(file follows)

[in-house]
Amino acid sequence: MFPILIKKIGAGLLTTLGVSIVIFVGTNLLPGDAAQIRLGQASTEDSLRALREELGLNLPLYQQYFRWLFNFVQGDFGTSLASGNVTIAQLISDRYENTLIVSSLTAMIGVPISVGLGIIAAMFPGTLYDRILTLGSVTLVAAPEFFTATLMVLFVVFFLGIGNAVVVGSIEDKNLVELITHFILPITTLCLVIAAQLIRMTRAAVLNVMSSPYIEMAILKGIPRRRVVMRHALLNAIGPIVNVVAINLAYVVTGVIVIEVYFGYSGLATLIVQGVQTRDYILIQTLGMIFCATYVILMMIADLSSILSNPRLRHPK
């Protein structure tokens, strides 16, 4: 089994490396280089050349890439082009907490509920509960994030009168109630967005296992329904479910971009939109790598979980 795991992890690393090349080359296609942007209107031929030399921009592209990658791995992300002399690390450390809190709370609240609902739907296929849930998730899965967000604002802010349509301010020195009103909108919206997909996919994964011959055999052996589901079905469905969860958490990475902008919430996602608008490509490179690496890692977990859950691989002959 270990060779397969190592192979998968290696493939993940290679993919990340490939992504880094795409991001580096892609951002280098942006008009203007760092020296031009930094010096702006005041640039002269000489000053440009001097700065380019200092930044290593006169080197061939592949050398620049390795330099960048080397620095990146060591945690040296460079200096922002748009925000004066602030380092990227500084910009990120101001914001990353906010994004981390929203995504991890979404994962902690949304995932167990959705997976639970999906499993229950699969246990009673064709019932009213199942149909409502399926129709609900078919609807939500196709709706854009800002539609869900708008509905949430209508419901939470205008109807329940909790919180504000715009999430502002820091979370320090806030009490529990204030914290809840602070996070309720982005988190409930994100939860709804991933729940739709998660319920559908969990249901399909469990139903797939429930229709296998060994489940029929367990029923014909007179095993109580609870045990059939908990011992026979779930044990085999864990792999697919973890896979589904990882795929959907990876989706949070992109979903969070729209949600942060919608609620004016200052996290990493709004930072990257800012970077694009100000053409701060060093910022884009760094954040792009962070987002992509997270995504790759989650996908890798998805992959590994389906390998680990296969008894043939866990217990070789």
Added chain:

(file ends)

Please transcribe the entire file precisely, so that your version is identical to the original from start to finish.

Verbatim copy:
[in-house]
Amino acid sequence: MFPILIKKIGAGLLTTLGVSIVIFVGTNLLPGDAAQIRLGQASTEDSLRALREELGLNLPLYQQYFRWLFNFVQGDFGTSLASGNVTIAQLISDRYENTLIVSSLTAMIGVPISVGLGIIAAMFPGTLYDRILTLGSVTLVAAPEFFTATLMVLFVVFFLGIGNAVVVGSIEDKNLVELITHFILPITTLCLVIAAQLIRMTRAAVLNVMSSPYIEMAILKGIPRRRVVMRHALLNAIGPIVNVVAINLAYVVTGVIVIEVYFGYSGLATLIVQGVQTRDYILIQTLGMIFCATYVILMMIADLSSILSNPRLRHPK
């Protein structure tokens, strides 16, 4: 089994490396280089050349890439082009907490509920509960994030009168109630967005296992329904479910971009939109790598979980 795991992890690393090349080359296609942007209107031929030399921009592209990658791995992300002399690390450390809190709370609240609902739907296929849930998730899965967000604002802010349509301010020195009103909108919206997909996919994964011959055999052996589901079905469905969860958490990475902008919430996602608008490509490179690496890692977990859950691989002959 270990060779397969190592192979998968290696493939993940290679993919990340490939992504880094795409991001580096892609951002280098942006008009203007760092020296031009930094010096702006005041640039002269000489000053440009001097700065380019200092930044290593006169080197061939592949050398620049390795330099960048080397620095990146060591945690040296460079200096922002748009925000004066602030380092990227500084910009990120101001914001990353906010994004981390929203995504991890979404994962902690949304995932167990959705997976639970999906499993229950699969246990009673064709019932009213199942149909409502399926129709609900078919609807939500196709709706854009800002539609869900708008509905949430209508419901939470205008109807329940909790919180504000715009999430502002820091979370320090806030009490529990204030914290809840602070996070309720982005988190409930994100939860709804991933729940739709998660319920559908969990249901399909469990139903797939429930229709296998060994489940029929367990029923014909007179095993109580609870045990059939908990011992026979779930044990085999864990792999697919973890896979589904990882795929959907990876989706949070992109979903969070729209949600942060919608609620004016200052996290990493709004930072990257800012970077694009100000053409701060060093910022884009760094954040792009962070987002992509997270995504790759989650996908890798998805992959590994389906390998680990296969008894043939866990217990070789």
Added chain: